By kfreeland - September 26, 2013

By Katie Freeland, MPH - Global Health student *Author's note: This blog has been adapted from a post I did two years ago right after viewing this documentary for the first time. Some wording has been changed to reflect current dates/times/opinions. Full disclosure: I still have a hard time not watching/reading celebrity gossip. I also still really enjoy watching awards shows, but I view them from a different point of view now.  --------------------------------------------------------------------------- I am addicted to celebrity gossip. Correction. I used to be addicted to celebrity gossip. Three years ago you could find me sitting at a computer, surfing the web, probably reading a celebrity gossip blog. I won’t name any, though, for the sake of my argument. But then I started noticing that the gossip I was reading about these people-who-aren’t-really-people (sarcasm) was transferring over to how I perceived people I knew or met in real life. It was bad. It was unhealthy. I thought the jokes about Lindsay Lohan and Paris Hilton were hilarious. Now I realize it’s just sad. It’s sad that our society makes a spectacle out of these people, and pays them insane amounts of money while doing so. It’s ridiculous, and we all know it (I won’t even bring up what’s-her-face who got divorced 72 days after a $19 million wedding). Anyway, I’m not really sure why I stopped reading celebrity gossip as much as I did, besides the fact that I realized it was toxic to our society. I’ll admit, I didn’t stop completely. It’s kind of hard to avoid it. I still bought Cosmopolitan and I still watched the ever-classy E! News. Until October 17, 2011. A few days previous to the 17th, I was surfing Facebook when one of my friends posted a video called Miss Representation. It was nine minutes long, and with my attention span the way it is, I wasn’t sure I wanted to watch it (anything longer than three minutes on YouTube feels like an eternity when I could be doing other extremely productive things like Facebook stalking and Twitter-updating). But for some reason, I did. I watched it. And I’m so incredibly glad I did. The video had interviews with powerful and influential women in our world, high school girls, actresses, and comediennes. It was about how our society has become saturated with sex, sex, sex, misogyny, sexism, and more sex. Advertisements, movies, television, and most shockingly, to me at least, the news. No medium is exempt, and it’s terrifying. I’m not saying sex is a bad thing (that’s a whole different can of worms ), but when sex is being used to sell costumes to 11-year-old girls, there is something wrong with our society, and something very much needs to change. As I watched the video, I became enraged. I knew things like this existed in society, but I had absolutely no idea the effect it is having on people of all genders. As the video ended, I wanted to know more about what it was talking about. Enter the documentary Miss Representation. Turns out, I had watched an extended trailer for an official selection at the Sundance film festival. I immediately went to the Miss Representation website to learn more. I was reeled in. I clicked on the screenings link, thinking I would probably have to drive a couple hours away to a bigger city to catch a screening, if I was lucky. Well, the universe aligned, and there was a screening right in my hometown at the time just a few days later hosted at The Camp House, a fantastic coffee shop in the downtown area, only a half-hour drive from where I live. So, on October 17, I met up with three of my fellow journalism friends (including my roommate) and we made an evening of it by grabbing dinner and heading to The Camp House for the screening. I was blown away. This film, written and directed by Jennifer Siebel Newsom, was life-changing to say the least. It opened my eyes to our media and how it can drastically change the way we think about things, whether we realize it or not. Eye-opening is an understatement. Now, every day I see something in the media, or even in real life, and I evaluate and scrutinize it, I investigate why it made me feel the way it did. I realize we, as a society, have been bombarded with images and propaganda and we’ve had no way to avoid it. I’m finding it impossible to put into words how influential this film has been on me personally. The easiest way to get somebody to understand, I think, is to encourage them to see the film.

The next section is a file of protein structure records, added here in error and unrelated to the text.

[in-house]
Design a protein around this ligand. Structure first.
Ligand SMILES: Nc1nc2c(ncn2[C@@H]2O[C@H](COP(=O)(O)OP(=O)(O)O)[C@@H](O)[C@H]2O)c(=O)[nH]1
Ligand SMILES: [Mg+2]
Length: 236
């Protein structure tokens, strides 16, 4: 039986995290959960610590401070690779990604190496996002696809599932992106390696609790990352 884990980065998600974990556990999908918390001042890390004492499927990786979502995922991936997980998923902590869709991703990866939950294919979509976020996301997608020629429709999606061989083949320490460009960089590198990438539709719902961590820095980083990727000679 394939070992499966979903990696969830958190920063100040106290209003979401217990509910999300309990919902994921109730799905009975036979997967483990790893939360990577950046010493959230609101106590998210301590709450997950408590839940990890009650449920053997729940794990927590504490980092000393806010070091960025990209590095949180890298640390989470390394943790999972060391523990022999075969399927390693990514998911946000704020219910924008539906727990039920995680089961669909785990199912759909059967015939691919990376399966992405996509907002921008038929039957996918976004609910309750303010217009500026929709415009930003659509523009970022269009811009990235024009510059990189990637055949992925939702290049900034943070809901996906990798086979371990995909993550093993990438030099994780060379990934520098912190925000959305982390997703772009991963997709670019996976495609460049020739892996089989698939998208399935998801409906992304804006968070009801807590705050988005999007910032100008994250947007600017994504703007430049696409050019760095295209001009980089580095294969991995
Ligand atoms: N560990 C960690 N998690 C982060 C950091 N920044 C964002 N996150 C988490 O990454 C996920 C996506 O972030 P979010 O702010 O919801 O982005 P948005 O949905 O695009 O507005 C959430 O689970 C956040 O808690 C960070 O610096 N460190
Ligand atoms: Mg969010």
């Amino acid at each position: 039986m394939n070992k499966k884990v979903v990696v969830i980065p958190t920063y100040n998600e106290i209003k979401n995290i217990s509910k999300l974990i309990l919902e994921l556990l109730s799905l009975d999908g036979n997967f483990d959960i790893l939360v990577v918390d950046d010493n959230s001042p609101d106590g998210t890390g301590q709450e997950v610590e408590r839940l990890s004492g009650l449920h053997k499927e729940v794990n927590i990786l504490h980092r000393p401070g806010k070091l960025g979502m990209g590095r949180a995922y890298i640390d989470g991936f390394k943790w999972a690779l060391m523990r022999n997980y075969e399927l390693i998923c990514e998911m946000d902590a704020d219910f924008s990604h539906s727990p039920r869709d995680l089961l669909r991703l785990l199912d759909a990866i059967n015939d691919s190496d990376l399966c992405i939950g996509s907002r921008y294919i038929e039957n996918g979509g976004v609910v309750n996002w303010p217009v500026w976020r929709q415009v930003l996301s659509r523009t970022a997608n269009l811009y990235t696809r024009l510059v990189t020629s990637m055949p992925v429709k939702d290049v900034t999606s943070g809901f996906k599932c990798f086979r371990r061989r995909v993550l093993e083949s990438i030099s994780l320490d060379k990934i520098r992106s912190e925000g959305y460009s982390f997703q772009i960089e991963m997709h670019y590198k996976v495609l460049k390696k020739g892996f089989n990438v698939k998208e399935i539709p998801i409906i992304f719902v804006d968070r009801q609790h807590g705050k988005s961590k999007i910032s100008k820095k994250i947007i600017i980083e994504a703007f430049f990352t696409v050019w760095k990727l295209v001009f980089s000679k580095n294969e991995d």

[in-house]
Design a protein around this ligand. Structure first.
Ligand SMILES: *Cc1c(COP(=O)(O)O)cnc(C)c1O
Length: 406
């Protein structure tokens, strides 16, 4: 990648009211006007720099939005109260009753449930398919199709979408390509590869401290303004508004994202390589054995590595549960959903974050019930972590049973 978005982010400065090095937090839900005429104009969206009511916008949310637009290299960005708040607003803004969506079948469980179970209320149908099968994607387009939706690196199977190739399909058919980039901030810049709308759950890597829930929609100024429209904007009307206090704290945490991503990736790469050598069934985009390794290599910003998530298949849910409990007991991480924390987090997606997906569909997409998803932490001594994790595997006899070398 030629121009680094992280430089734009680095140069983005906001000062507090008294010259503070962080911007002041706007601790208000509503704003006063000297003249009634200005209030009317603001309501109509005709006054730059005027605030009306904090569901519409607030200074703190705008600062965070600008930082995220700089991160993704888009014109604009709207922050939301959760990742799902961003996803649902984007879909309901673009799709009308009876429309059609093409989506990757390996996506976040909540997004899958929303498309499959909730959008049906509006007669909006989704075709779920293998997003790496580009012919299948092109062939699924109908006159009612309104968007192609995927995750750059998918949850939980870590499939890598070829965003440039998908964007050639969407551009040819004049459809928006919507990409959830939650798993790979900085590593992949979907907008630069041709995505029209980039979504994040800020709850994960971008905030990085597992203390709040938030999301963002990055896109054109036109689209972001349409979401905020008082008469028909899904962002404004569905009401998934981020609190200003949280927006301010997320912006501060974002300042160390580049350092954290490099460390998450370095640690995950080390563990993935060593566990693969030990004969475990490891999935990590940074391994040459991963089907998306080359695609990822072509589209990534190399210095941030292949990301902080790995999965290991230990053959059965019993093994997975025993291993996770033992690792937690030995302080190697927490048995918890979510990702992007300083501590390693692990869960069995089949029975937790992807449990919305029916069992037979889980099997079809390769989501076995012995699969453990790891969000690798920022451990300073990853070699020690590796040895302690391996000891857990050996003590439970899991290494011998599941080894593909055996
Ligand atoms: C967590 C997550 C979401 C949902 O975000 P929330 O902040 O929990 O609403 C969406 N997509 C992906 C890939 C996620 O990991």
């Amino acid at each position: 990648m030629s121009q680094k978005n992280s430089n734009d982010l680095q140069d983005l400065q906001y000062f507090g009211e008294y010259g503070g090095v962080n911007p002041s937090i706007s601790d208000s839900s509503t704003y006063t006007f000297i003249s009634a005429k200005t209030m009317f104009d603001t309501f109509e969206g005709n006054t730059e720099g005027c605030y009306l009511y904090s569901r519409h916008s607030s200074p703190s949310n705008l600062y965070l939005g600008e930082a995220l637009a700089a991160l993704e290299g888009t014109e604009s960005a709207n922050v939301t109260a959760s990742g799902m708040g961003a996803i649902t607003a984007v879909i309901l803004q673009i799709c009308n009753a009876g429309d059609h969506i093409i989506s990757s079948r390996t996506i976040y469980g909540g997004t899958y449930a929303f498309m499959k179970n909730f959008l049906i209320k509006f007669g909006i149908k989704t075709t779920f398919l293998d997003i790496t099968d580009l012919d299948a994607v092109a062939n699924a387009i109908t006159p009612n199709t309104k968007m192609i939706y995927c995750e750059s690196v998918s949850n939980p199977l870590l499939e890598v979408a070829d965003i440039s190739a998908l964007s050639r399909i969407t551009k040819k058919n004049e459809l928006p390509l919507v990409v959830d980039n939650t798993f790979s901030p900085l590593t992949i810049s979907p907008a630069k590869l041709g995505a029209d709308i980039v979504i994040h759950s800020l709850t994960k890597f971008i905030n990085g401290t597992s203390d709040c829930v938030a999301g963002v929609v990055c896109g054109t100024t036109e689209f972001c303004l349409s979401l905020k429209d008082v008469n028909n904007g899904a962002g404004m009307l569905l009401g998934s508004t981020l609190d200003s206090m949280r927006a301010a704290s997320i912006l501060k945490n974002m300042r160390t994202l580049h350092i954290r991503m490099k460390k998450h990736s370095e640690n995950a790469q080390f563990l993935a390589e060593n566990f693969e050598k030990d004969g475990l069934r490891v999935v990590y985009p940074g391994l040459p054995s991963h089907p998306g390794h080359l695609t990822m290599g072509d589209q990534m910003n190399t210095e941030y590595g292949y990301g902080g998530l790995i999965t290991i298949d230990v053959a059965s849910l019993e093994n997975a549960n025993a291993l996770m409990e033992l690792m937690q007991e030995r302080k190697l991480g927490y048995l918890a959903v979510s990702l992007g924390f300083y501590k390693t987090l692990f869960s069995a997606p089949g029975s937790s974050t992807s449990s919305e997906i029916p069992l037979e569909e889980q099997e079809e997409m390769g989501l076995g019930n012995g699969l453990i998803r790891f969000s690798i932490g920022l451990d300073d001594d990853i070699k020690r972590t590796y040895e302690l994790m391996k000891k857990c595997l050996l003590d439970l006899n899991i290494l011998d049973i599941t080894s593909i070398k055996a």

You can watch the extended, nine-minute trailer here. If you have Netflix, I can’t encourage you enough to add it to your instant queue. You will not regret watching it. I promise. And, if you're attending the APHA conference in Boston this November, you'll have a chance to catch a screening there as well at the film festival portion of the conference. Click here for a schedule of screenings. I implore you to watch this film. You will not regret it. I can promise you that. For now, I’ll leave you with this:

“The media can be an instrument of change: it can maintain the status quo and reflect the views of the society or it can, hopefully, awaken people and change minds. I think it depends on who’s piloting the plane.” –Katie Couric, Journalist